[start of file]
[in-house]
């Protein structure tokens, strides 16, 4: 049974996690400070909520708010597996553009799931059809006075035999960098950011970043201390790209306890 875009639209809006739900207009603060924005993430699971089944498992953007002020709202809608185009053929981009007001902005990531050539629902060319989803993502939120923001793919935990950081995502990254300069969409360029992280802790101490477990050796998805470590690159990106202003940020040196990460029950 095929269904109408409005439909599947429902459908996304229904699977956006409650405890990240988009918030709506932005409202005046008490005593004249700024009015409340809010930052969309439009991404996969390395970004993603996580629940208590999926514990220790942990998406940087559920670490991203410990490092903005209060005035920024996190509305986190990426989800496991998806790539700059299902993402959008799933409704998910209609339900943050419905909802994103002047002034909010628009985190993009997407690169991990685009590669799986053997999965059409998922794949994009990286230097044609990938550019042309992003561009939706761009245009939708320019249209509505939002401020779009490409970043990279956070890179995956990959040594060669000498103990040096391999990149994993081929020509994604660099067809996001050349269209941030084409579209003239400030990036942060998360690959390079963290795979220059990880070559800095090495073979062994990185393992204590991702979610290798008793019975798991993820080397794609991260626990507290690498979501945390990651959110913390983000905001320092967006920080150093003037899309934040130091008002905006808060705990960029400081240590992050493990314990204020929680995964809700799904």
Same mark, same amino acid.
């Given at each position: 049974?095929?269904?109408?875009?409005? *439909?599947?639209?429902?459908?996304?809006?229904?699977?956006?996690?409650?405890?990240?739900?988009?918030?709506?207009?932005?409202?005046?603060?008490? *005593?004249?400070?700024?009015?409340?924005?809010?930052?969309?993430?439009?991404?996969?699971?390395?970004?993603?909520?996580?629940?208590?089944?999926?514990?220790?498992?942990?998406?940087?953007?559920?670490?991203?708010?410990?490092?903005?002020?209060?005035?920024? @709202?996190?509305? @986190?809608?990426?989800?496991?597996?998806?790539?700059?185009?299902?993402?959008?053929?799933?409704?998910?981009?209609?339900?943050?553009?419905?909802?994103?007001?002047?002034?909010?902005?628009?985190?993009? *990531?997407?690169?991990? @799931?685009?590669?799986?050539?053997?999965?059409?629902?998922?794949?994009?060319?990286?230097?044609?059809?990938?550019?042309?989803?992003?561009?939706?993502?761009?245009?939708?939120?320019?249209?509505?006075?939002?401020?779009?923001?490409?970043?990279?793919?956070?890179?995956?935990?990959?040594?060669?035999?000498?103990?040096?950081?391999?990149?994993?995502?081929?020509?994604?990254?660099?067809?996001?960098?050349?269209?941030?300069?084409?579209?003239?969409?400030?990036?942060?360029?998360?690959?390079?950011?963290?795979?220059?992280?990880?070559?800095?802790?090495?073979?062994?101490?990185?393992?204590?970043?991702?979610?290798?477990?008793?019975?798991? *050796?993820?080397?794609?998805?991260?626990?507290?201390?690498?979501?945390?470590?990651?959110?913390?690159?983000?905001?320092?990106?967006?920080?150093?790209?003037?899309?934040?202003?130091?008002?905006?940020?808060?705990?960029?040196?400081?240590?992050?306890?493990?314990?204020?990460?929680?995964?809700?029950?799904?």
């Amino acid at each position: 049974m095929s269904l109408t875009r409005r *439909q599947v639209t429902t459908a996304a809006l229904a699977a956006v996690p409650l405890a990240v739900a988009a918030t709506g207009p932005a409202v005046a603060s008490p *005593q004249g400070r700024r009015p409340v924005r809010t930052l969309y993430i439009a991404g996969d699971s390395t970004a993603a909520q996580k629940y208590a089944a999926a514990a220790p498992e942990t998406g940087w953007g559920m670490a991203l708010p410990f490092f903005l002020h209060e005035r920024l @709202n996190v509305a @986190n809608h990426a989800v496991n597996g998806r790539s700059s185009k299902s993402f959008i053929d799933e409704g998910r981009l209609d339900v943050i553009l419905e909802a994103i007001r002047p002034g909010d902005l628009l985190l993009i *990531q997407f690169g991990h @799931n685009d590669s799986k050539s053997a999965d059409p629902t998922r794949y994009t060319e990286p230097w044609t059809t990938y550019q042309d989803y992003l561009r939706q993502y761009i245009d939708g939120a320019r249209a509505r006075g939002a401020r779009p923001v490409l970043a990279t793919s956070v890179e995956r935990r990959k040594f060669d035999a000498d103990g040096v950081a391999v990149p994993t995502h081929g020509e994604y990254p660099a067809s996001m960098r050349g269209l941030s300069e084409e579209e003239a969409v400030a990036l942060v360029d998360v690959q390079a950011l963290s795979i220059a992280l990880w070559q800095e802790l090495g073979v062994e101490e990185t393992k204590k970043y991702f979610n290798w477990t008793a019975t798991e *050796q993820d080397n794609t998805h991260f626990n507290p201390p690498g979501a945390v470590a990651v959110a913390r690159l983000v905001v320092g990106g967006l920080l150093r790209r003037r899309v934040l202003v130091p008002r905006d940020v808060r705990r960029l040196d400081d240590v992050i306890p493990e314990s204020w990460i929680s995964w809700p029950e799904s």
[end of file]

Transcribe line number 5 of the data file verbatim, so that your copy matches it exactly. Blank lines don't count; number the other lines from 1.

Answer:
């Amino acid at each position: 049974m095929s269904l109408t875009r409005r *439909q599947v639209t429902t459908a996304a809006l229904a699977a956006v996690p409650l405890a990240v739900a988009a918030t709506g207009p932005a409202v005046a603060s008490p *005593q004249g400070r700024r009015p409340v924005r809010t930052l969309y993430i439009a991404g996969d699971s390395t970004a993603a909520q996580k629940y208590a089944a999926a514990a220790p498992e942990t998406g940087w953007g559920m670490a991203l708010p410990f490092f903005l002020h209060e005035r920024l @709202n996190v509305a @986190n809608h990426a989800v496991n597996g998806r790539s700059s185009k299902s993402f959008i053929d799933e409704g998910r981009l209609d339900v943050i553009l419905e909802a994103i007001r002047p002034g909010d902005l628009l985190l993009i *990531q997407f690169g991990h @799931n685009d590669s799986k050539s053997a999965d059409p629902t998922r794949y994009t060319e990286p230097w044609t059809t990938y550019q042309d989803y992003l561009r939706q993502y761009i245009d939708g939120a320019r249209a509505r006075g939002a401020r779009p923001v490409l970043a990279t793919s956070v890179e995956r935990r990959k040594f060669d035999a000498d103990g040096v950081a391999v990149p994993t995502h081929g020509e994604y990254p660099a067809s996001m960098r050349g269209l941030s300069e084409e579209e003239a969409v400030a990036l942060v360029d998360v690959q390079a950011l963290s795979i220059a992280l990880w070559q800095e802790l090495g073979v062994e101490e990185t393992k204590k970043y991702f979610n290798w477990t008793a019975t798991e *050796q993820d080397n794609t998805h991260f626990n507290p201390p690498g979501a945390v470590a990651v959110a913390r690159l983000v905001v320092g990106g967006l920080l150093r790209r003037r899309v934040l202003v130091p008002r905006d940020v808060r705990r960029l040196d400081d240590v992050i306890p493990e314990s204020w990460i929680s995964w809700p029950e799904s």